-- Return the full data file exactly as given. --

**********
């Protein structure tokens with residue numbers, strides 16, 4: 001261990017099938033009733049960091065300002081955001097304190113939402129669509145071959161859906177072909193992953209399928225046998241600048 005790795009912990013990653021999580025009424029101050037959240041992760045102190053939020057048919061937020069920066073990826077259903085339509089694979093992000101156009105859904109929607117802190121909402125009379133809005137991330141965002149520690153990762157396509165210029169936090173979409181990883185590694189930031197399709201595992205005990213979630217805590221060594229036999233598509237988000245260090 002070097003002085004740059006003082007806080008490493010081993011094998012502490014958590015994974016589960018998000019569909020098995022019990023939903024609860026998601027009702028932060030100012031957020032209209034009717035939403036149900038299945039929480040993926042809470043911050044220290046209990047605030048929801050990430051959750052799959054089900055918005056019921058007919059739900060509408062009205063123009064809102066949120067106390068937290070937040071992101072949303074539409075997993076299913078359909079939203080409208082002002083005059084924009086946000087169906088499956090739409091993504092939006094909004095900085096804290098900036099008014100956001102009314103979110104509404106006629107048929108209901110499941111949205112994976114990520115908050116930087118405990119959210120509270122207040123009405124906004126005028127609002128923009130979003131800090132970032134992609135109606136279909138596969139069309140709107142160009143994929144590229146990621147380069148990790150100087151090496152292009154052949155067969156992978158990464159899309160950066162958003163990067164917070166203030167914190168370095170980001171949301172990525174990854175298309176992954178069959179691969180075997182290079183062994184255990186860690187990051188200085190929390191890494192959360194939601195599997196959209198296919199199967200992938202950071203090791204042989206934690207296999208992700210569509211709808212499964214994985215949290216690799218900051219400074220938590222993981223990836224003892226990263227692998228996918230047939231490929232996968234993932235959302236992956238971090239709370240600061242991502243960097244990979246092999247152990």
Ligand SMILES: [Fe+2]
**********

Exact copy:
């Protein structure tokens with residue numbers, strides 16, 4: 001261990017099938033009733049960091065300002081955001097304190113939402129669509145071959161859906177072909193992953209399928225046998241600048 005790795009912990013990653021999580025009424029101050037959240041992760045102190053939020057048919061937020069920066073990826077259903085339509089694979093992000101156009105859904109929607117802190121909402125009379133809005137991330141965002149520690153990762157396509165210029169936090173979409181990883185590694189930031197399709201595992205005990213979630217805590221060594229036999233598509237988000245260090 002070097003002085004740059006003082007806080008490493010081993011094998012502490014958590015994974016589960018998000019569909020098995022019990023939903024609860026998601027009702028932060030100012031957020032209209034009717035939403036149900038299945039929480040993926042809470043911050044220290046209990047605030048929801050990430051959750052799959054089900055918005056019921058007919059739900060509408062009205063123009064809102066949120067106390068937290070937040071992101072949303074539409075997993076299913078359909079939203080409208082002002083005059084924009086946000087169906088499956090739409091993504092939006094909004095900085096804290098900036099008014100956001102009314103979110104509404106006629107048929108209901110499941111949205112994976114990520115908050116930087118405990119959210120509270122207040123009405124906004126005028127609002128923009130979003131800090132970032134992609135109606136279909138596969139069309140709107142160009143994929144590229146990621147380069148990790150100087151090496152292009154052949155067969156992978158990464159899309160950066162958003163990067164917070166203030167914190168370095170980001171949301172990525174990854175298309176992954178069959179691969180075997182290079183062994184255990186860690187990051188200085190929390191890494192959360194939601195599997196959209198296919199199967200992938202950071203090791204042989206934690207296999208992700210569509211709808212499964214994985215949290216690799218900051219400074220938590222993981223990836224003892226990263227692998228996918230047939231490929232996968234993932235959302236992956238971090239709370240600061242991502243960097244990979246092999247152990």
Ligand SMILES: [Fe+2]